Just as it was beginning to look as though Renault were safely on course for both championships, the blue team gave their rivals a present in Hungary as both cars failed to score. Admittedly, there was an element of bad luck involved - both Alonso and Fisichella suffering in dramas at the opening corner - but the team also had technical issues and failed to match the pace of their rivals. Instead it was left to McLaren and a resurgent Ferrari to grab the headlines.

Ferrari did it courtesy of Michael Schumacher, who stunned the paddock by taking the team’s first pole of 2005 by almost a second from Montoya. Raikkonen, first man out in qualifying due to his Germany retirement, put in a sterling effort to take fourth on the grid, while championship leader Alonso could only manage sixth. Inevitably there were suspicions that Schumacher was running incredibly light, but the race would prove that the world champions had made a genuine step forward.

At the start, Schumacher maintained his lead into Turn One, with Raikkonen finding his way past Trulli and then Montoya within the opening lap to seize second. Behind them, however, chaos reigned thanks to a number of incidents at the first corner. Wheel contact between Jacques Villeneuve and Christian Klien sent the Austrian’s Red Bull literally rolling out of the race; Barrichello ran into the back of Trulli’s Toyota, forcing both men to make early stops; and Alonso suffered serious front wing damage as was squeezed over the kerbs by Ralf Schumacher. That wing gave way pretty soon after and was run over by an unsighted Coulthard. The damage inflicted was terminal, leaving both Red Bulls out of the race with less than a lap run.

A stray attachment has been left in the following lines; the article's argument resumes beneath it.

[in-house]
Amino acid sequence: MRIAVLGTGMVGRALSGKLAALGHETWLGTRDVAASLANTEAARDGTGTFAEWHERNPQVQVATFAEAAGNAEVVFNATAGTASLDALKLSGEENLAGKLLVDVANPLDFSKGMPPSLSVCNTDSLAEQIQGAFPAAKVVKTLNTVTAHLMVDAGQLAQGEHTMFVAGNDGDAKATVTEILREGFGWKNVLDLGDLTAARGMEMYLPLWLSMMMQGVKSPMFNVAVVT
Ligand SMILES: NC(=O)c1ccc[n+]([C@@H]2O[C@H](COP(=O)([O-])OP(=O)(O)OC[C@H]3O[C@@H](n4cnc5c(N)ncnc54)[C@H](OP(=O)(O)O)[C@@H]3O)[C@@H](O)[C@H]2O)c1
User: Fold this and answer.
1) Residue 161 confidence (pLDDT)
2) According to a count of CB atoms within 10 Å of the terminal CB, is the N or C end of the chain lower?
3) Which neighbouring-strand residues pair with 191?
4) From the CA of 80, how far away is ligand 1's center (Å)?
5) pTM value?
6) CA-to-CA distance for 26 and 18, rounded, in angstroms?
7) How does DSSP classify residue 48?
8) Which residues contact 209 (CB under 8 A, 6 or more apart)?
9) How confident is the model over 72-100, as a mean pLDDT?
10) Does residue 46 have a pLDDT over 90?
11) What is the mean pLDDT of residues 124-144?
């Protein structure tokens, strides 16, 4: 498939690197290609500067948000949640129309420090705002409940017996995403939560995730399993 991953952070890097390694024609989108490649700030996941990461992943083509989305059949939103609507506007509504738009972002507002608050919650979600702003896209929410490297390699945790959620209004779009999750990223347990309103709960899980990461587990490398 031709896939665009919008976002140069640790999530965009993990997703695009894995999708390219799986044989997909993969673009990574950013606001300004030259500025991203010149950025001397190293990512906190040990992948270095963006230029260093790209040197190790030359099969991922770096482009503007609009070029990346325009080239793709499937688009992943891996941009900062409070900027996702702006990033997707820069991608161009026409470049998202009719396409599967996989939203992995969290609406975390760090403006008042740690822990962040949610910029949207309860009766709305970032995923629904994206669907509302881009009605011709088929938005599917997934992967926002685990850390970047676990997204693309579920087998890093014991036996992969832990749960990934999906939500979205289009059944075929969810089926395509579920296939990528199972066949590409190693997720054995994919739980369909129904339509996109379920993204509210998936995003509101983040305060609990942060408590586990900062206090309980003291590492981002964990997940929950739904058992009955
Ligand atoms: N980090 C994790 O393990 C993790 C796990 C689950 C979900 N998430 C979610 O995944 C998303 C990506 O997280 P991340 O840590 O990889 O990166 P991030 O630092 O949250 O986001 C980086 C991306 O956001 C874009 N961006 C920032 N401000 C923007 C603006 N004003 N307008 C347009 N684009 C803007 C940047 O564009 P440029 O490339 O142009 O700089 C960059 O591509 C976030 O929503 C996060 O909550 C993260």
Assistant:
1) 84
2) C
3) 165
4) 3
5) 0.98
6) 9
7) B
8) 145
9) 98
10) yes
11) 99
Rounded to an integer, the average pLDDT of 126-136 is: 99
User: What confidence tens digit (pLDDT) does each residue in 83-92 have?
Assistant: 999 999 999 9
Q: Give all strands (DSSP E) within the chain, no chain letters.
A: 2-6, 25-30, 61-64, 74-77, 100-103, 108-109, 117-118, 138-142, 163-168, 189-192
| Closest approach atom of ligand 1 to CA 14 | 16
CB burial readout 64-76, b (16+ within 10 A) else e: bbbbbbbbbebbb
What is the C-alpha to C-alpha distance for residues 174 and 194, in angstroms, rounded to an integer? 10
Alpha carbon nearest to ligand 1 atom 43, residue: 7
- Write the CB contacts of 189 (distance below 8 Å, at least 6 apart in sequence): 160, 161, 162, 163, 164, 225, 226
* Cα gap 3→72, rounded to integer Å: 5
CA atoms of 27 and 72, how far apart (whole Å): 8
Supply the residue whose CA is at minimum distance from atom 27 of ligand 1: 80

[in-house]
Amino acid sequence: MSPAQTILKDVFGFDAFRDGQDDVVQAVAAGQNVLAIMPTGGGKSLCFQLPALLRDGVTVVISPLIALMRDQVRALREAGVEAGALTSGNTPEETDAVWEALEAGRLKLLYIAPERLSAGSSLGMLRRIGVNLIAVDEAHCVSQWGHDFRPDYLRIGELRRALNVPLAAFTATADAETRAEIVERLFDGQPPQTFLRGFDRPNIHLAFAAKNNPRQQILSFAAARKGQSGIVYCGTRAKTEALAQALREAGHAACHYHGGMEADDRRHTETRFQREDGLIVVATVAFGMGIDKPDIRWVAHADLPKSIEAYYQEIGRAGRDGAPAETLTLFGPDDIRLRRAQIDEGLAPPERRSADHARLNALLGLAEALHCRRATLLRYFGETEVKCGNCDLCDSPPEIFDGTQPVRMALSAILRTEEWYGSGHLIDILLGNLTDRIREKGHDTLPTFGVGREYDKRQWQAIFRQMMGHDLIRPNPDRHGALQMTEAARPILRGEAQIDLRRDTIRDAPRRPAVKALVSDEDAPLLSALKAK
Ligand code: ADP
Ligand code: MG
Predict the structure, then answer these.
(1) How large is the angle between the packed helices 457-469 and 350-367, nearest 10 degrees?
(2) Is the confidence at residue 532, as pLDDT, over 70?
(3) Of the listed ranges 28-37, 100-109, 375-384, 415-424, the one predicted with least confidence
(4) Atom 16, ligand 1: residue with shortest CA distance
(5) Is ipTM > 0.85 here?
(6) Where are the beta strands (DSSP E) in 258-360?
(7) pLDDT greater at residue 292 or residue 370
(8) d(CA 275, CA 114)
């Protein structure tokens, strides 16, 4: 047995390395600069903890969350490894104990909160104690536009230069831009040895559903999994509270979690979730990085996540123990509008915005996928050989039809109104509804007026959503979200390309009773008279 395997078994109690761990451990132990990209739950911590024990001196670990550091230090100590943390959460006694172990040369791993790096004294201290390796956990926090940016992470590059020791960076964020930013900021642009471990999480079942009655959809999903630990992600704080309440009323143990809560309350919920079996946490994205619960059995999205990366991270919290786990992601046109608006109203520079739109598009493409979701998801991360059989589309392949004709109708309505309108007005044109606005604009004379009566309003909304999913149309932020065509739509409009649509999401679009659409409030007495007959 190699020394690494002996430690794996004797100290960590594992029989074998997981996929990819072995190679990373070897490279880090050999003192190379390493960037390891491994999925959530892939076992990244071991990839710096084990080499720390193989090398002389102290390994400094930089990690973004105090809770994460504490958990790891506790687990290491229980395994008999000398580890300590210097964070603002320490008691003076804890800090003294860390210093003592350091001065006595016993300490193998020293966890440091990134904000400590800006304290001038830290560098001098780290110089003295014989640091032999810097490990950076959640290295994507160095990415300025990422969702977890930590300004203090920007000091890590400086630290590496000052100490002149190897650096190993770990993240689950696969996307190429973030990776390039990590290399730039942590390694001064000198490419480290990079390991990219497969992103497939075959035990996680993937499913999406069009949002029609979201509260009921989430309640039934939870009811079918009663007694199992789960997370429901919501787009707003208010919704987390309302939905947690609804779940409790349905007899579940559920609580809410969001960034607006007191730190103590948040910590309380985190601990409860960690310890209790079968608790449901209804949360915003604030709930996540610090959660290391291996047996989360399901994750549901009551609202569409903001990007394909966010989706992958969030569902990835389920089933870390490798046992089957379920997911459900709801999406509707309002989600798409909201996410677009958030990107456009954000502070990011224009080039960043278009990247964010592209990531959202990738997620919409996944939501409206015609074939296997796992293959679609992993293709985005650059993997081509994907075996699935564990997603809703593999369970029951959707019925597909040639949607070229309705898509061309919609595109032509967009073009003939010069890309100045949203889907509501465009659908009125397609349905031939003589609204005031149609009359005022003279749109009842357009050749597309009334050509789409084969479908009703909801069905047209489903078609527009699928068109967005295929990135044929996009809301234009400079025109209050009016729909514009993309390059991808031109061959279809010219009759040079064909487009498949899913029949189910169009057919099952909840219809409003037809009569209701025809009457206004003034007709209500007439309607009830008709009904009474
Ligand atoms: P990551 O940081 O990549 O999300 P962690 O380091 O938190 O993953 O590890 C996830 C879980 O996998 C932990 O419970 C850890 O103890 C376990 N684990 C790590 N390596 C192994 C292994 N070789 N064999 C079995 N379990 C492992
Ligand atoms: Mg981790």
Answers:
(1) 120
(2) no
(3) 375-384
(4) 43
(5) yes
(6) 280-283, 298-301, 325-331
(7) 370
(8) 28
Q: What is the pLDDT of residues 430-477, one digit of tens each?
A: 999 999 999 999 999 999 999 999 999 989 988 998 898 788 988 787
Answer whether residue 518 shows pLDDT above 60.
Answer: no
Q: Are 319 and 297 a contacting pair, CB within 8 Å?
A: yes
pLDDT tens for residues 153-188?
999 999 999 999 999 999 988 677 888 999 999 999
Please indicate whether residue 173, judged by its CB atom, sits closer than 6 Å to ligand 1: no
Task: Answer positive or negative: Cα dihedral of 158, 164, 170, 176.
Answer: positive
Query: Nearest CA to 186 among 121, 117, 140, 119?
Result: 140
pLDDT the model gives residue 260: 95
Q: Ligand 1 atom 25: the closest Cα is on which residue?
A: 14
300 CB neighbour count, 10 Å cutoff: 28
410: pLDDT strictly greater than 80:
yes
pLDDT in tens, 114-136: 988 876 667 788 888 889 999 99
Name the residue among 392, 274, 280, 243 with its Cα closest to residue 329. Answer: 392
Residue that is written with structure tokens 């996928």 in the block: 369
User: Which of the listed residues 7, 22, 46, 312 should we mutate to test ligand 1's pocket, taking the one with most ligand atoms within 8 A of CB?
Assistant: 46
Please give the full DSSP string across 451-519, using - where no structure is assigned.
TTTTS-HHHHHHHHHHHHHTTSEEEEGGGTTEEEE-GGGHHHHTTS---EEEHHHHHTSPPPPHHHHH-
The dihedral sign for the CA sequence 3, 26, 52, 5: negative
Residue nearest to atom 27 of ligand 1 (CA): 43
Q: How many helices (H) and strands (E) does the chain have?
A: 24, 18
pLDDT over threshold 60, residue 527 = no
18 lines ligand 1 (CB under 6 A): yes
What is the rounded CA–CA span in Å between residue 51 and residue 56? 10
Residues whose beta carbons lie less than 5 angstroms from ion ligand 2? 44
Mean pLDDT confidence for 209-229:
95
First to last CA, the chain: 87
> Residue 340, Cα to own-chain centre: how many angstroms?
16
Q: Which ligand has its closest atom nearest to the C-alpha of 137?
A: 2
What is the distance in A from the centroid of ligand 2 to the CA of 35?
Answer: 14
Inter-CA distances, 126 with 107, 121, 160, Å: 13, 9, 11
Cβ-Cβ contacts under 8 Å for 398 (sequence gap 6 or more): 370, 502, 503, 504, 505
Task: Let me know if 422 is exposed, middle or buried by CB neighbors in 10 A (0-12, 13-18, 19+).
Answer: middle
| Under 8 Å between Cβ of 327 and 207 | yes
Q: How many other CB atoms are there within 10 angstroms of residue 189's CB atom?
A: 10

Up front Raikkonen hounded Schumacher, but with passing so difficult he had to wait until the second round of stops to slip ahead. Thereafter, the Finn’s victory wasn’t in doubt, his only real rival - team mate Montoya - retiring with a driveshaft failure 41 laps in. The McLaren may have been unbeatable, but Schumacher still managed the third fastest lap behind the two silver arrows. He also held on for third in the race, despite his much-improved Bridgestones fading in the closing stages, allowing brother Ralf to close to within a second as he clinched his first Toyota podium. With Trulli fourth it was a good day all round for the Japanese team, who extended their lead over nearest rivals Williams in the constructors’ standings. It wasn’t all bad news for Williams, though. Some crafty race strategy helped compensate for a disappointing qualifying and Heidfeld and Webber came home sixth and seventh respectively, sandwiched by the BARs of Button in fifth and Sato in eighth.